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I'm looking for a word to describe a person who leaves a legacy. It would be nice to call someone or a group of people that word. Similar to how being a maverick is someone who's different from the rest. I thought legateer would work, but this word doesn't exist.

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    Bequeather crops up (though not much) as a derived noun of bequeath. – Bruce Murray Jun 19 at 12:09
  • Note that a testator is someone who writes a will, a legator is someone who leaves a legacy, so though they may be the same person, they are used in reference to different acts and therefore are not contextual equivalents. – Francis Davey Jun 20 at 22:02
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The legal term here is...

testator - a person who dies leaving a will or testament in force

...but you'd rarely hear that in normal conversational contexts. Ordinary people don't have a word for "person who died leaving a will" - presumably because there's little need for it outside of legal contexts.


BUT - if we move slightly away from the specific context of "dead person's last will and testament", there will often be contexts where the appropriate word is...

benefactor
someone or something that provides help or an advantage : one that confers a benefit
especially : a person who makes a gift or bequest

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5

Legator

In UK English

Seems to be valid in US too.

I don't recall ever having used either legatee or legator. I would use beneficiary and benefactor.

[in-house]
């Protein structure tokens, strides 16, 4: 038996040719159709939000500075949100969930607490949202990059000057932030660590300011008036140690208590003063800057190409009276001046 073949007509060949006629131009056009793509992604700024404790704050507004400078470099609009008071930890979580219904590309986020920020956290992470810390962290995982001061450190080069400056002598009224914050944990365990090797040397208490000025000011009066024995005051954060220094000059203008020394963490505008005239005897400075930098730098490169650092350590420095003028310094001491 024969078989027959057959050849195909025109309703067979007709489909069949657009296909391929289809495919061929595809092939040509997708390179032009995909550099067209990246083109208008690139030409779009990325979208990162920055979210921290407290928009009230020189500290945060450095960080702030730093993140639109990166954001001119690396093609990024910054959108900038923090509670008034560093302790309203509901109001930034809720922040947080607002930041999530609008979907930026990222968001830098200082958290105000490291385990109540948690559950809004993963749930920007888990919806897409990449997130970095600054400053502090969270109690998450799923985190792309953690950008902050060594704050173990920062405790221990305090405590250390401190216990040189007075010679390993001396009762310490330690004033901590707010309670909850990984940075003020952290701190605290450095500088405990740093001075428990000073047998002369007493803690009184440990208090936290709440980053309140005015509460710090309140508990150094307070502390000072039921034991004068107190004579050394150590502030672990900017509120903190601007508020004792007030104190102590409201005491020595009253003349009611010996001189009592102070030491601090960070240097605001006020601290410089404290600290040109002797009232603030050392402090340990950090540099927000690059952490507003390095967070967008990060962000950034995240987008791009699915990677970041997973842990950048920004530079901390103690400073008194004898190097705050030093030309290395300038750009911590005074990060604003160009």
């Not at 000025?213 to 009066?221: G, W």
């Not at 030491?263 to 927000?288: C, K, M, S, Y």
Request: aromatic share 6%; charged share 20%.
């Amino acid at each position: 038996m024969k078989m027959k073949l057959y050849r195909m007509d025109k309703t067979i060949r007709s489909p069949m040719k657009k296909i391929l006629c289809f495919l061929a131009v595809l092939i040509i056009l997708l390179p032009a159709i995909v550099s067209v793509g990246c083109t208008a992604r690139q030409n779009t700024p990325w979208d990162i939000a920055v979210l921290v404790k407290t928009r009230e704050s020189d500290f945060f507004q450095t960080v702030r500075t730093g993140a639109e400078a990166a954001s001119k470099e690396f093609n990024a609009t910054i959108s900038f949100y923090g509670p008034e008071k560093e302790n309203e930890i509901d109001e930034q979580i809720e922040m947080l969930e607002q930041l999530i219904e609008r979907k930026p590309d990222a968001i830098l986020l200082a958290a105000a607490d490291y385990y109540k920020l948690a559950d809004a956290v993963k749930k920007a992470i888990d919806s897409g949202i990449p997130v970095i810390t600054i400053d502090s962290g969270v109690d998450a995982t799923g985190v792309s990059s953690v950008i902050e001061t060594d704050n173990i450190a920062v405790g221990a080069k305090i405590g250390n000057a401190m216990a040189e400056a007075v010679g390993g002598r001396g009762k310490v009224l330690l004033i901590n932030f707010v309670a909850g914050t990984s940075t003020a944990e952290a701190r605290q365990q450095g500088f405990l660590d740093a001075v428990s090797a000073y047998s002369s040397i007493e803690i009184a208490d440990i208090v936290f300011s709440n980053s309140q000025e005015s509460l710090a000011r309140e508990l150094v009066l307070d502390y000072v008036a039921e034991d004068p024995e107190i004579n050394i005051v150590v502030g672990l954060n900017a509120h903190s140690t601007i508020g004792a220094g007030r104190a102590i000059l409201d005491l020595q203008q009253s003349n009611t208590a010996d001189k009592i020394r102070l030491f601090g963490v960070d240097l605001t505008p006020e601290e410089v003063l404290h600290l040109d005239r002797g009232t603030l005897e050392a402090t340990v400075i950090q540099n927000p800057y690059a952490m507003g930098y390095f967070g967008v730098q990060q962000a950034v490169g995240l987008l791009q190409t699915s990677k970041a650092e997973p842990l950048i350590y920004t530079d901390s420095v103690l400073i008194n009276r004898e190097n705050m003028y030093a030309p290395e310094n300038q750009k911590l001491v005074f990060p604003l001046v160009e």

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    The full OED entry for legator, definition A person who gives something by will; a testator, has "frequency indicator" value 2 (out of a maximum 8). But their entry for testator has frequency 5. Until I just checked the relevant NGram I'd have thought benefactor was far more common, but apparently it's about on a par with testator. – FumbleFingers Reinstate Monica Jun 19 at 15:39
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    To emphasise @FumbleFingersReinstateMonica's point: the frequency bands are logarithmic - each is roughly 10 times more frequent than the previous. So a frequency 5 word is about 1,000 times more common than a frequency 2 one. – TripeHound Jun 20 at 11:04
  • @TripeHound: I didn't know that useful snippet. Ty for the info! :) – FumbleFingers Reinstate Monica Jun 20 at 11:22
  • @FumbleFingersReinstateMonica See the freely-accessible Key to frequency for all the gory details! – TripeHound Jun 20 at 11:23

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